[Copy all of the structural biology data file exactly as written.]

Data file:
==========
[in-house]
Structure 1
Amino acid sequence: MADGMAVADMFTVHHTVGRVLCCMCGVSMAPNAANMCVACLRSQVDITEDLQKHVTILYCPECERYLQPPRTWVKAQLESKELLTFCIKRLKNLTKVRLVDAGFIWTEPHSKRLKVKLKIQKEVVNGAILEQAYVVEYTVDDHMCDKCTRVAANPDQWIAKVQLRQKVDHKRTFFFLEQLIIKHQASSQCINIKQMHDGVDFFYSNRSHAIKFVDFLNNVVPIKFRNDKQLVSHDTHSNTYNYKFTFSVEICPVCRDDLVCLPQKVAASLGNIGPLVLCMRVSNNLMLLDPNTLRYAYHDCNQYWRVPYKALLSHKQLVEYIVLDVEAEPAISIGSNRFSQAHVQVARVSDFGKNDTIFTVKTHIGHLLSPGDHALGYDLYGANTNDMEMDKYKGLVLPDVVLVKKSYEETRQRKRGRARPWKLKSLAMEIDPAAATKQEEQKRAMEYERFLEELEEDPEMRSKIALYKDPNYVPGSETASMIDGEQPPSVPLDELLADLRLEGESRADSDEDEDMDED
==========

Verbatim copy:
[in-house]
Structure 1
Amino acid sequence: MADGMAVADMFTVHHTVGRVLCCMCGVSMAPNAANMCVACLRSQVDITEDLQKHVTILYCPECERYLQPPRTWVKAQLESKELLTFCIKRLKNLTKVRLVDAGFIWTEPHSKRLKVKLKIQKEVVNGAILEQAYVVEYTVDDHMCDKCTRVAANPDQWIAKVQLRQKVDHKRTFFFLEQLIIKHQASSQCINIKQMHDGVDFFYSNRSHAIKFVDFLNNVVPIKFRNDKQLVSHDTHSNTYNYKFTFSVEICPVCRDDLVCLPQKVAASLGNIGPLVLCMRVSNNLMLLDPNTLRYAYHDCNQYWRVPYKALLSHKQLVEYIVLDVEAEPAISIGSNRFSQAHVQVARVSDFGKNDTIFTVKTHIGHLLSPGDHALGYDLYGANTNDMEMDKYKGLVLPDVVLVKKSYEETRQRKRGRARPWKLKSLAMEIDPAAATKQEEQKRAMEYERFLEELEEDPEMRSKIALYKDPNYVPGSETASMIDGEQPPSVPLDELLADLRLEGESRADSDEDEDMDED